The Human Services Psychology (HSP) Program
(Clinical Psychology, Behavioral Medicine, and Community Psychology)
The Human Services Psychology program is composed of three interrelated and complementary programs which provide education and training in clinical psychology, behavioral medicine, and community psychology.
Initiated in 1983, the Human Services Psychology Program represents a reconceptualization of clinical psychology and several related specialties. The program’s rationale derives from a general systems theory perspective which focuses on the generic nature of the knowledge and skills upon which these specialties draw and the multidimensional nature of the problems with which they are concerned. We believe that this approach fosters a more comprehensive and integrative approach to both research and professional practice. It also represents a more cost-effective and flexible approach to professional training than most traditional single-specialty professional training programs since it allows us to provide training for a number of specialties within the framework of a single program.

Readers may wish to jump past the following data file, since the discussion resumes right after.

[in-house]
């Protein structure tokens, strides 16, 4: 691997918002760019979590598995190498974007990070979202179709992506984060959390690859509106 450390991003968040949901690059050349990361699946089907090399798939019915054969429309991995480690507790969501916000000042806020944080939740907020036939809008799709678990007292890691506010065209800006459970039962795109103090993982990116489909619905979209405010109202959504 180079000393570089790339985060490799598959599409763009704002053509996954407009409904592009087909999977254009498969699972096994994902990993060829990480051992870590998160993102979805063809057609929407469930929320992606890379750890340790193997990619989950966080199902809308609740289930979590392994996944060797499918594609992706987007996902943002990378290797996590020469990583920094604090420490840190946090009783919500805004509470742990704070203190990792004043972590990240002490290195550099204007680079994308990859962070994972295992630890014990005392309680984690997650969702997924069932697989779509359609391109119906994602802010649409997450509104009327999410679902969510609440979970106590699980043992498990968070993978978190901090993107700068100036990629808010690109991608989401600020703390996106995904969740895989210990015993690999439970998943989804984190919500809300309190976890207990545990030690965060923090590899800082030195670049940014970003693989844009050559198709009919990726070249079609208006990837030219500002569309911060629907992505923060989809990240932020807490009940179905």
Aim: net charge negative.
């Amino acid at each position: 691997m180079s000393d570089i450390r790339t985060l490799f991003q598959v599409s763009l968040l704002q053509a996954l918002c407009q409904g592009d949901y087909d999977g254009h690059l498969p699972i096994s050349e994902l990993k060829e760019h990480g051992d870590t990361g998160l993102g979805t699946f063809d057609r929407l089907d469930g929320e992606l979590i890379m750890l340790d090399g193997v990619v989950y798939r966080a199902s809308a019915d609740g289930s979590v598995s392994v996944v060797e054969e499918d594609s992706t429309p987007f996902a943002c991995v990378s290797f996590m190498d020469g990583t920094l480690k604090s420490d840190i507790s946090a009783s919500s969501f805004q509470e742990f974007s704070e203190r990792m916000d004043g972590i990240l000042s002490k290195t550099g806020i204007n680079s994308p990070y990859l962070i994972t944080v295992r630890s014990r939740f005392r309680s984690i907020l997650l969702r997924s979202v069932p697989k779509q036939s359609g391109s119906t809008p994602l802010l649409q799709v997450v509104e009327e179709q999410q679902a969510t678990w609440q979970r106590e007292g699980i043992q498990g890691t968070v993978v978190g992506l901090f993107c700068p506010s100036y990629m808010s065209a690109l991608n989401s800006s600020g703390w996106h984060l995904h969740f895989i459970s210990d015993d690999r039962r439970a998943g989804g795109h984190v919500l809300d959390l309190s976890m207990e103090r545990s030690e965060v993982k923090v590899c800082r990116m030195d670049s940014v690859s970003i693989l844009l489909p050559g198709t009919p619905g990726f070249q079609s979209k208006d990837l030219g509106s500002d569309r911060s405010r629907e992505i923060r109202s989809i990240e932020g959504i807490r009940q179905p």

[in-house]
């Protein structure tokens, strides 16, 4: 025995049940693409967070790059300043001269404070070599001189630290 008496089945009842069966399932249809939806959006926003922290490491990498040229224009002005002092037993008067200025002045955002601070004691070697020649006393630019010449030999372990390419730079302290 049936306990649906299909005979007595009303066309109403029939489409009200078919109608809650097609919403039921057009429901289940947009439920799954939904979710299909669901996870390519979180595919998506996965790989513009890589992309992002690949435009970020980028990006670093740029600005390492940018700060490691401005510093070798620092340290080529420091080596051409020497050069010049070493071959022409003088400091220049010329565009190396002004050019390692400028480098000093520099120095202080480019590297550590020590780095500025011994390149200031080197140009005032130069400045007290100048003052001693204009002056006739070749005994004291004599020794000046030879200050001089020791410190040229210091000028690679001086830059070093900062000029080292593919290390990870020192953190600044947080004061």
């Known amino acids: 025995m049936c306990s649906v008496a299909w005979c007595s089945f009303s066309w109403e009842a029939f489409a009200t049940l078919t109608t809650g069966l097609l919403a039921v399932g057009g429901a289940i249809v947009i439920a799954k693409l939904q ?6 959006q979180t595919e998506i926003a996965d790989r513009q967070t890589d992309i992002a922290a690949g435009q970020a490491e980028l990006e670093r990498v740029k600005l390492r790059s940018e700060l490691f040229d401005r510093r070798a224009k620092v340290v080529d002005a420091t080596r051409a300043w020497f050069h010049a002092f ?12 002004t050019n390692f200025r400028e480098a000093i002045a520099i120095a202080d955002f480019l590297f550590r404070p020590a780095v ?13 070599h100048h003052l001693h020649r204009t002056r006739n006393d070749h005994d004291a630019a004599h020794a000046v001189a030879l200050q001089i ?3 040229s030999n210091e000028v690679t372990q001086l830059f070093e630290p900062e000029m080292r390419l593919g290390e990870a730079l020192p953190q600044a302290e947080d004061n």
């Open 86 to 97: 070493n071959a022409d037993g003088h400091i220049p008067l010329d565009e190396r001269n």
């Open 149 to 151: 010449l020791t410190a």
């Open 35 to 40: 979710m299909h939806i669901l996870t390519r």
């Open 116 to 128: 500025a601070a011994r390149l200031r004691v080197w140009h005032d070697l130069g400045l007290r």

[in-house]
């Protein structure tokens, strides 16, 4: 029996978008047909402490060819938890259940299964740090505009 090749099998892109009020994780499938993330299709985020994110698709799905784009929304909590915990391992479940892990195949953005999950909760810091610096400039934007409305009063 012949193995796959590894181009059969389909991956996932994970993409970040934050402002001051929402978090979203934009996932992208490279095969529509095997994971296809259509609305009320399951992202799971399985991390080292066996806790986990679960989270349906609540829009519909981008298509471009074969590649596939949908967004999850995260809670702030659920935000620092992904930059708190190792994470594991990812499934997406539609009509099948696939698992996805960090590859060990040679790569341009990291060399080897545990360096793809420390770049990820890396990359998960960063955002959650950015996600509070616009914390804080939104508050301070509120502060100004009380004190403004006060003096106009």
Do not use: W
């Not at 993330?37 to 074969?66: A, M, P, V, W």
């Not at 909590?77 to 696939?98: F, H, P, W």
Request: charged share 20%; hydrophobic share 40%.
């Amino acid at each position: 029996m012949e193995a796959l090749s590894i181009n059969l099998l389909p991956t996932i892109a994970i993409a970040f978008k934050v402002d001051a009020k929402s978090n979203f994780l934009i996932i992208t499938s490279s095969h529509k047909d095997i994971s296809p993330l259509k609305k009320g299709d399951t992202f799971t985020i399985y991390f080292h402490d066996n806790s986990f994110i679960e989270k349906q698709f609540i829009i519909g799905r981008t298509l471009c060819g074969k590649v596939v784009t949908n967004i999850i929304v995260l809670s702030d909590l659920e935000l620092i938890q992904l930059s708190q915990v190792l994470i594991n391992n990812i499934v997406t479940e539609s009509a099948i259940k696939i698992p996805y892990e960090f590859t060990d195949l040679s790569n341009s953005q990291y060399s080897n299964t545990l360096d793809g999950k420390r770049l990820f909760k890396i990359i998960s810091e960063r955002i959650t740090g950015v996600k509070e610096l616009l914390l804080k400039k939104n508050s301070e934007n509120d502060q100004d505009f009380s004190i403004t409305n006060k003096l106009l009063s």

Human Services Psychology is defined as that sector of professional psychology concerned with the promotion of human well-being through the acquisition and application of psychological knowledge and principles concerned with the diagnosis, treatment, and prevention of psychological and physical disorders. Thus, the program is designed to prepare students to contribute to the growth of knowledge in this area, as well as to apply this knowledge to a broad range of human problems. Consequently, the program is based upon a scientist-practitioner model of training which aims to provide students with skills as both researchers and practitioners.
The Human Services Psychology Program uses a biopsychosocial approach as the integrative perspective for its training of human service providers and researchers. The HSP program encourages a focus on the boundaries of biopsychosocial interactions as well as a solid understanding of each individual aspect in order to promote a more holistic and integrated approach to psychology research, service and practice.